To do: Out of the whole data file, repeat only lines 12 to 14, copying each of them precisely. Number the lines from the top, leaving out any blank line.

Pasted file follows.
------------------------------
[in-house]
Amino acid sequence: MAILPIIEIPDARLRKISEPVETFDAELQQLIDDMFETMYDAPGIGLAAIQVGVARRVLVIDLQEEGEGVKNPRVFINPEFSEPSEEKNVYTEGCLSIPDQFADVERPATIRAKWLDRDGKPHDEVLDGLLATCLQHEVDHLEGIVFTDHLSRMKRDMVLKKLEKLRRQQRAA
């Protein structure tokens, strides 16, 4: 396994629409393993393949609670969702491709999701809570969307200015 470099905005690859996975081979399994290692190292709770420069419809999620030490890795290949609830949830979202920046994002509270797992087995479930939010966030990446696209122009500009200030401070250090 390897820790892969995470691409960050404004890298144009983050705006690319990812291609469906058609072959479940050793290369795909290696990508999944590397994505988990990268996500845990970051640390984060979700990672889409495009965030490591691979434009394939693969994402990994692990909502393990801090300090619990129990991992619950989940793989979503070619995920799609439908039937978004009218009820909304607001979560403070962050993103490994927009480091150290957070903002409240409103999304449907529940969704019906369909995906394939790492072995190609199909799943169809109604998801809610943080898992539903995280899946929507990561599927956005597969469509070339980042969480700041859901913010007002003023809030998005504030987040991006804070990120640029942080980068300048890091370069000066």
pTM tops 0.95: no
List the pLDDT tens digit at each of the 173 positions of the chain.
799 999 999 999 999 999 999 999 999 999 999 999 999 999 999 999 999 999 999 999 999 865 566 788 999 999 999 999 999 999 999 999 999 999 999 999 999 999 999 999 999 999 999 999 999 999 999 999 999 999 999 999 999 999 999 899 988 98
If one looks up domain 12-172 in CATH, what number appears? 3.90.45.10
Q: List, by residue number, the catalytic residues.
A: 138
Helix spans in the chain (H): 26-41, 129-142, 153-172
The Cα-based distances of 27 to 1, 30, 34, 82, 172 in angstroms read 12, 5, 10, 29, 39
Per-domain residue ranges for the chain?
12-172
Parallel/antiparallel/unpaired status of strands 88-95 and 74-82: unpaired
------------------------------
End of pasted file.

Per-domain residue ranges for the chain?
12-172
Parallel/antiparallel/unpaired status of strands 88-95 and 74-82: unpaired